threat hunting detection provider sqrrl

AWS Acquires Sqrrl for Threat Hunting Capabilities in the Cloud

A month after rumors started to swirl about a potential deal, AWS officially acquires threat hunting firm Sqrrl.

Amazon Web Services will bring more sophisticated threat hunting capabilities to its cloud with its acquisition of Sqrrl announced on Wednesday.

Founded in 2012 and based in Cambridge, Mass., Sqrrl offers threat hunting software that proactively detects data breaches, malware, insider threats, and other threats. Sqrrl serves both the private and public sector, bringing on the Transportation Security Administration (TSA) as a customer in December.

The acquisition was first reported in December by Axios, who said that the purchase price was around $40 million. The terms of the deal have not been disclosed.

“We’re thrilled to share that Sqrrl has been acquired by Amazon. We will be joining the Amazon Web Services family, and we’re looking forward to working together on customer offerings for the future,” Sqrrl CEO Mark Terenzoni said in a statement. “For now, it is business as usual at Sqrrl. We will continue to work with customers to provide advanced threat hunting capabilities. And, over time, we’ll work with AWS to do even more on your behalf. Thank you for your support. We really appreciate the trust customers have put into Sqrrl over the past five years, and we are excited about the next phase of our journey.”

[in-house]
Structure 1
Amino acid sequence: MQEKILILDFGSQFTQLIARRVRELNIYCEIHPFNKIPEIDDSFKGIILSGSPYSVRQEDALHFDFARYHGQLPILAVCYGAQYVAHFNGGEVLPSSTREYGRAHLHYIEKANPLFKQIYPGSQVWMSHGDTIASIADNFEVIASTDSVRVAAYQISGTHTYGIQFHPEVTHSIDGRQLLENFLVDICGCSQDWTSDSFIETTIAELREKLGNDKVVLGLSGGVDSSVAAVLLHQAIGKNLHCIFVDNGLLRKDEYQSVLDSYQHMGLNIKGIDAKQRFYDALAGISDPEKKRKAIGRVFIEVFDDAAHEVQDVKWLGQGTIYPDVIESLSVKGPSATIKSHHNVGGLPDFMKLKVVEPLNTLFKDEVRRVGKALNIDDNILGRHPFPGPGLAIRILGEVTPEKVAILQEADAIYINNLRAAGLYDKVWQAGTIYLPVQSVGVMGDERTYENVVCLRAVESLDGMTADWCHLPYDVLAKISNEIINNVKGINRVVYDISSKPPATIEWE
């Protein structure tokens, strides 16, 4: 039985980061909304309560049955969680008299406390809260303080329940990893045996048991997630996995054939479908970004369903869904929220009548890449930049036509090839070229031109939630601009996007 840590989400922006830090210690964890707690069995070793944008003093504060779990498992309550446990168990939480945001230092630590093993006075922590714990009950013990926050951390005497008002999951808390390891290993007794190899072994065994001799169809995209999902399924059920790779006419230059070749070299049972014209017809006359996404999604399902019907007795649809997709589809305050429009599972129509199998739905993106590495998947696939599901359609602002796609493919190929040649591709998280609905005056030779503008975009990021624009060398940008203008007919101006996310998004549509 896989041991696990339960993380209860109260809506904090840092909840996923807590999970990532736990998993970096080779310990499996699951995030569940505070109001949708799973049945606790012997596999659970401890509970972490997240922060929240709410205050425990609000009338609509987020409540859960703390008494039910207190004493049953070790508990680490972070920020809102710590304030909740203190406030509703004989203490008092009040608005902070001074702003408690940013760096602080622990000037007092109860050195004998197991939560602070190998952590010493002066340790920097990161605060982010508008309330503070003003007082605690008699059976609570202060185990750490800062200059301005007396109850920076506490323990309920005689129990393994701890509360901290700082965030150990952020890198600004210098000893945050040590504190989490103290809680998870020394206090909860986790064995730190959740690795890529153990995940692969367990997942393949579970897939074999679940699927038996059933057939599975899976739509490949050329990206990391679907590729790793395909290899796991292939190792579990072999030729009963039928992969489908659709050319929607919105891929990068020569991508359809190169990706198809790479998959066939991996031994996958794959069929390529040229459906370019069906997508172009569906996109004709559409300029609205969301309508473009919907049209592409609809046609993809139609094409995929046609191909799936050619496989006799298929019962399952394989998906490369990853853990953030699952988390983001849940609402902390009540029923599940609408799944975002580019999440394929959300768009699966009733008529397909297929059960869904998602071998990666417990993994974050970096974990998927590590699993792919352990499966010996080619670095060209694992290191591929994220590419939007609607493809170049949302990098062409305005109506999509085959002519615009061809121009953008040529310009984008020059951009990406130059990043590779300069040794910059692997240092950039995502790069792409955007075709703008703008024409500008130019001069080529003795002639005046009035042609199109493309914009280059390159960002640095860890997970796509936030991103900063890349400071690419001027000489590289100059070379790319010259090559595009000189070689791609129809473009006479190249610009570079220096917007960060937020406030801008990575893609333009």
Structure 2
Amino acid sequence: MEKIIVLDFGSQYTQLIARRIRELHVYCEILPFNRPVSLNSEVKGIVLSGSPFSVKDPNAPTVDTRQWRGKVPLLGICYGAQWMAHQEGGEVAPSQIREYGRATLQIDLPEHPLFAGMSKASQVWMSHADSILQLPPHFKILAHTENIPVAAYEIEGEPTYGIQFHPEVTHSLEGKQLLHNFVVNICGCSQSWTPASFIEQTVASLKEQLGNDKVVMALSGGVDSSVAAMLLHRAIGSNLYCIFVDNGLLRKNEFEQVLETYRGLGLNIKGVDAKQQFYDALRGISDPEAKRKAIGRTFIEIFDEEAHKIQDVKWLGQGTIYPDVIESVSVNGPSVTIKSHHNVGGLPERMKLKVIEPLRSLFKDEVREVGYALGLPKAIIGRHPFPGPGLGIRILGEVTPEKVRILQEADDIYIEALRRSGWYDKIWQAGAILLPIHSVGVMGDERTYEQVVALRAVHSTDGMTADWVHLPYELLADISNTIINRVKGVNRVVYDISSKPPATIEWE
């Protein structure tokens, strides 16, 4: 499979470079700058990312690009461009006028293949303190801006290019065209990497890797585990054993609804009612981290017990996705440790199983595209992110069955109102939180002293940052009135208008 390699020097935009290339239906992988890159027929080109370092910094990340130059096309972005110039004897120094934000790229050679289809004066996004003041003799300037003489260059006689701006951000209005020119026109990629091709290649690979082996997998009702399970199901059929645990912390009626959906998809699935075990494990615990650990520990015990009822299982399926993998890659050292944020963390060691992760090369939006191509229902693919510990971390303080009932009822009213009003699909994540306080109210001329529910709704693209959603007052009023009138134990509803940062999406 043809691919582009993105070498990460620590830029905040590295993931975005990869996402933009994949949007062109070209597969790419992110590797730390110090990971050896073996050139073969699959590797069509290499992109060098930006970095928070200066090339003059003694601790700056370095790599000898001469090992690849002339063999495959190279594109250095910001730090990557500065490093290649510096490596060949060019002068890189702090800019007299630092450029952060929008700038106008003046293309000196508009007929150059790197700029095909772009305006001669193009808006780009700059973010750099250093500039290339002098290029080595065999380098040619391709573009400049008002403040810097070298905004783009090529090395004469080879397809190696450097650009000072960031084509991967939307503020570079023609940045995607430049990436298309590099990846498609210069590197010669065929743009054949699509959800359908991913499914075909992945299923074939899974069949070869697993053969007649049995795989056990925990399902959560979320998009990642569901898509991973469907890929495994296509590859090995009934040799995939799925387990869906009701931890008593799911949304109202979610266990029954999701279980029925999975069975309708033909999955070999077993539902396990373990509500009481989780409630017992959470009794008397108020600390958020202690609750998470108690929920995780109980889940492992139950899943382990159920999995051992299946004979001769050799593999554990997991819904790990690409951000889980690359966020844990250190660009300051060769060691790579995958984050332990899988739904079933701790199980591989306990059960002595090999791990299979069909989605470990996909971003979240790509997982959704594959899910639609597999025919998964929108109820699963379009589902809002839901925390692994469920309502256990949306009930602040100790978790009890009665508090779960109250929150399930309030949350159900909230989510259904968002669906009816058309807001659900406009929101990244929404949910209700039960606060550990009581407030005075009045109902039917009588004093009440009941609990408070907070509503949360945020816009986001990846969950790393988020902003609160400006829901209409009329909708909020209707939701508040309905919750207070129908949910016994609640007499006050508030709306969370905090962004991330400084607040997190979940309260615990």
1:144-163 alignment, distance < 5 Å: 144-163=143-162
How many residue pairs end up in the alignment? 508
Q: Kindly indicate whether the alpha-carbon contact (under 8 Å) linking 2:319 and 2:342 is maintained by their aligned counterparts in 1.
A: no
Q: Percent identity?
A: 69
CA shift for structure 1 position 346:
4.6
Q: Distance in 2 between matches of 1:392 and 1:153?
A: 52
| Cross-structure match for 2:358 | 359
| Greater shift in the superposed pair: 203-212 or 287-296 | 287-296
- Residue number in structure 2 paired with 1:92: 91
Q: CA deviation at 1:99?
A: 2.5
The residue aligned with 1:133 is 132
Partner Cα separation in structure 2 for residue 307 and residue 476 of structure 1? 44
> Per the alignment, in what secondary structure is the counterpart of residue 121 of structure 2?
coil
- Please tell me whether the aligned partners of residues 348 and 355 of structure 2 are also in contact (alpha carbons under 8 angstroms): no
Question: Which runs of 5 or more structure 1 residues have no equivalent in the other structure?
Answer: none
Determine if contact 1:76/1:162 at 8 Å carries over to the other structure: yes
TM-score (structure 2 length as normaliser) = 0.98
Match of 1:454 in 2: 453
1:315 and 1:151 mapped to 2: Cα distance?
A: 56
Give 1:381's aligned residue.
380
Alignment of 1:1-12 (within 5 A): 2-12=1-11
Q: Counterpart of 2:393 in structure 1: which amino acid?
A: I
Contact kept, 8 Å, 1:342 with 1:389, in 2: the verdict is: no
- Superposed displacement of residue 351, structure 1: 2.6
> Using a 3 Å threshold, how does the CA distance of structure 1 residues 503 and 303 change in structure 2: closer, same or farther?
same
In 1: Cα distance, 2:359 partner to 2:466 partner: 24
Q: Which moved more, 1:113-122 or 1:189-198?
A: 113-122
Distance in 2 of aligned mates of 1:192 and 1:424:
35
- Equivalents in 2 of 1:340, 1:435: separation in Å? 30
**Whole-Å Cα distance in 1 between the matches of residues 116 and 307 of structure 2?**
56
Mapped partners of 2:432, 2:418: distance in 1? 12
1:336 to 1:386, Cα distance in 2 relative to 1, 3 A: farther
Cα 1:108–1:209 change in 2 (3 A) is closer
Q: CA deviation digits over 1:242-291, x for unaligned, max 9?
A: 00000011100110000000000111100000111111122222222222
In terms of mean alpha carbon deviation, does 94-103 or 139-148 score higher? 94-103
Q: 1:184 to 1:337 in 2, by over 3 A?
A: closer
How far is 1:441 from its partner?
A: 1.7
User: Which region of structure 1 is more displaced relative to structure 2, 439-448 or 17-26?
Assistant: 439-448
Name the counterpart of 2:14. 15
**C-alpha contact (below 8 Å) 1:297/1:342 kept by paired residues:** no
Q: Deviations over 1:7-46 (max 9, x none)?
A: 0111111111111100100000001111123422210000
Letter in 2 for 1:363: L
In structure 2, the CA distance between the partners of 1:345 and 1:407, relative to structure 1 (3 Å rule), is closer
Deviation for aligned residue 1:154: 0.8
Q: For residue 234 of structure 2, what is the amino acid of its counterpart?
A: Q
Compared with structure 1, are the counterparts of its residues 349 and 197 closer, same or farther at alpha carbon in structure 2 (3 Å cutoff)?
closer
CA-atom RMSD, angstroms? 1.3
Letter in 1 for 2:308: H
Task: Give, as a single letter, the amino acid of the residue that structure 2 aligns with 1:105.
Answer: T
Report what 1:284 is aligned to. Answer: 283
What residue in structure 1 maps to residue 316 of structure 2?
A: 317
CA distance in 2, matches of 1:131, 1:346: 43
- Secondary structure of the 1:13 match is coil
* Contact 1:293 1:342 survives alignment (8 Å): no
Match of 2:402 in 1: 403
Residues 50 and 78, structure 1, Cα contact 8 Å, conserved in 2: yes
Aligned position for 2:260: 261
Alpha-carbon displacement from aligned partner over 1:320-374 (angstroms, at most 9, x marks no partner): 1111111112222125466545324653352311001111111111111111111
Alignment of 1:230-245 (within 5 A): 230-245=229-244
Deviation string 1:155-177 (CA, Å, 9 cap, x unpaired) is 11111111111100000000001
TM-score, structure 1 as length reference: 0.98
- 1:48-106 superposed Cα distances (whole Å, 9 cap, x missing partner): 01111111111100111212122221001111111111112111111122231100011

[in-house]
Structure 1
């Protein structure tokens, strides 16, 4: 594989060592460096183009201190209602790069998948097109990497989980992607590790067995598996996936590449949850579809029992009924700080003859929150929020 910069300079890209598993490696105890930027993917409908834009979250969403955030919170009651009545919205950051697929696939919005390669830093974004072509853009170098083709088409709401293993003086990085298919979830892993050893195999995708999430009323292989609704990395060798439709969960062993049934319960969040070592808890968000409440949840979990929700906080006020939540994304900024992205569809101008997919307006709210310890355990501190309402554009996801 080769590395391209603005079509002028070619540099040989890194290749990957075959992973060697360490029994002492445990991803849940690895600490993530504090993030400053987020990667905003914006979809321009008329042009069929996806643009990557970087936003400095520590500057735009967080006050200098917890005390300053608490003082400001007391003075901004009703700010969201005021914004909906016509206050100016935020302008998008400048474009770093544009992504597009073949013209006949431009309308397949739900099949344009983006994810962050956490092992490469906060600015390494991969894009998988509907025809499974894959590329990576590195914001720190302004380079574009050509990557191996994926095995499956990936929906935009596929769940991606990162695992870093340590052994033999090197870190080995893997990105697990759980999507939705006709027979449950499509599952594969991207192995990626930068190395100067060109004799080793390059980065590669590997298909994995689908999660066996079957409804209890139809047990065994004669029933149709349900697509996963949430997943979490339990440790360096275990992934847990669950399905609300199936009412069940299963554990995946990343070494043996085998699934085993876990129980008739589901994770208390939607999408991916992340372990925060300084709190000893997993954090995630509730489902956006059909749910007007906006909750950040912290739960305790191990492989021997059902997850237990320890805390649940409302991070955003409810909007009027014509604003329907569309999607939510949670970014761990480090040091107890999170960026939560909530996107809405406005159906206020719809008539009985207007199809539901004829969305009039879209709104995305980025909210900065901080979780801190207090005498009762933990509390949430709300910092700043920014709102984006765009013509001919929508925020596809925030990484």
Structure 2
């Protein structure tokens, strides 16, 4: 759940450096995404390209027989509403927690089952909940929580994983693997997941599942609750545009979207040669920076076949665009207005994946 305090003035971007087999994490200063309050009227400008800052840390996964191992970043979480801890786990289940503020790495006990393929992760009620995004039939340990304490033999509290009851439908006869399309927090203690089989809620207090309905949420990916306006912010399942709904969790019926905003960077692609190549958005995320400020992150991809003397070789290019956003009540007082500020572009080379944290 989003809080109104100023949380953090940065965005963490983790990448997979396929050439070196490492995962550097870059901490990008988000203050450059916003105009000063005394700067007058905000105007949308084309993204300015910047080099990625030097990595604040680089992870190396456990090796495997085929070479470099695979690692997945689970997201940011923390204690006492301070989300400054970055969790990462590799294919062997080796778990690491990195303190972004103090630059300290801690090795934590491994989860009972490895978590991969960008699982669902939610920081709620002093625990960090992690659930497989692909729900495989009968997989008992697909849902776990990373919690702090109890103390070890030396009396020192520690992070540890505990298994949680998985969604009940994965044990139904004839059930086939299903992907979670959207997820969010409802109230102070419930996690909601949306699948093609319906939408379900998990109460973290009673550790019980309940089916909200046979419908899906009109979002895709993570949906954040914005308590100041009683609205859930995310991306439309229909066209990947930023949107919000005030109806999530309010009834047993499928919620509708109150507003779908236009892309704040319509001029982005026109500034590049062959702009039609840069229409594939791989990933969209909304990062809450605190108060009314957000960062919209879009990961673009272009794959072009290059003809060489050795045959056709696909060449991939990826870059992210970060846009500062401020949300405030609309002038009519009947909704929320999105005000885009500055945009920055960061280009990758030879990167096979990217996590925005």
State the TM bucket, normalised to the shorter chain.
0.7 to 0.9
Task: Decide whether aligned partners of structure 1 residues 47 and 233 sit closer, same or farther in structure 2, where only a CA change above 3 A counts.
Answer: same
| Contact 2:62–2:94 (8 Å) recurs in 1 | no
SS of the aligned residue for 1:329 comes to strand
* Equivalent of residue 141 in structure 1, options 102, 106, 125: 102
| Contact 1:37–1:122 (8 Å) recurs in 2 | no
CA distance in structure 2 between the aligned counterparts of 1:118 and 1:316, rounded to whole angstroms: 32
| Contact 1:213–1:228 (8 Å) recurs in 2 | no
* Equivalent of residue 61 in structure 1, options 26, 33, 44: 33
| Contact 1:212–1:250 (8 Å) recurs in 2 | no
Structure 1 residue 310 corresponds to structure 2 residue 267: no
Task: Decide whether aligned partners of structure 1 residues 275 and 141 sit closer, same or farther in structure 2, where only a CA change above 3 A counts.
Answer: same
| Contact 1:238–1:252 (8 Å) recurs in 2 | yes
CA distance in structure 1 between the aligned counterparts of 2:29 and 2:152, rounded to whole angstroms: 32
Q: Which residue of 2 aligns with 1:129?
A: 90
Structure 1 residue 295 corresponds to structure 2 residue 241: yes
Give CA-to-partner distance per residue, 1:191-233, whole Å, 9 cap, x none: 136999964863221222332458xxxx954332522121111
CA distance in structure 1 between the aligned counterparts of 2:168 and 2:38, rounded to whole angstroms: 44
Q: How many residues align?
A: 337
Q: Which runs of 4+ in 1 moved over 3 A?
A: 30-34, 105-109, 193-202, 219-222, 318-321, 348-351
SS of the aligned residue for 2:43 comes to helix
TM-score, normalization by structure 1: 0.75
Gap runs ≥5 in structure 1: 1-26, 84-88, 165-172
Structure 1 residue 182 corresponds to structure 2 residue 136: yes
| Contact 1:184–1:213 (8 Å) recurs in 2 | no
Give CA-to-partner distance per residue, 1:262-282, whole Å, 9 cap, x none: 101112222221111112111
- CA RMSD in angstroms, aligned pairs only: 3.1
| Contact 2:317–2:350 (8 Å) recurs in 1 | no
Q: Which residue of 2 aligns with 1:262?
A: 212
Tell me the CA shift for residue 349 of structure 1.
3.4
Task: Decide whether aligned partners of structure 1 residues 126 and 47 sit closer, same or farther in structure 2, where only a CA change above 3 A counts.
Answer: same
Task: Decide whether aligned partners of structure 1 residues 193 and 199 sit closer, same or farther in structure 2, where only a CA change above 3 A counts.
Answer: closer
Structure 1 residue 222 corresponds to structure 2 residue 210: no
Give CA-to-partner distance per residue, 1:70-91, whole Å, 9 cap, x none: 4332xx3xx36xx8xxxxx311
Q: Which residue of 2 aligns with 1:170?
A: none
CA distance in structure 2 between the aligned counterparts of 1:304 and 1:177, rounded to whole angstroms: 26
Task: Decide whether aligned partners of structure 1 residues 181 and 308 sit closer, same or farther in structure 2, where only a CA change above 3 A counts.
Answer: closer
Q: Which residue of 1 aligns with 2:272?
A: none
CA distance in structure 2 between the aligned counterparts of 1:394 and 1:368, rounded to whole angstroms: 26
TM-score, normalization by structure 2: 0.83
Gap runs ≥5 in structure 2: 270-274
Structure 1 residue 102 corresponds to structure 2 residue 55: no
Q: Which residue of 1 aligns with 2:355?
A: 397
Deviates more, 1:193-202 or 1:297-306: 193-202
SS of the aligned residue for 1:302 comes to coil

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The details of how Sqrrl’s team and threat hunting technology will be integrated into AWS remain scarce at this point, but it could show up in enhancements to Amazon GuardDuty, which is an intelligent threat detection and continuous monitoring service for AWS accounts and workloads. Its primary detection categories include reconnaissance, instance compromise, and account compromise.

In August, Amazon Macie launched to alert AWS customers to unusual access patterns, based on technology from Harvest.ai, which Amazon acquired last year for $20 million. As one of the top public cloud vendors, Amazon is continually looking for ways to improve its security, with tools that use machine learning to help simplify and automate some of the more challenging aspects of detecting threats.

 

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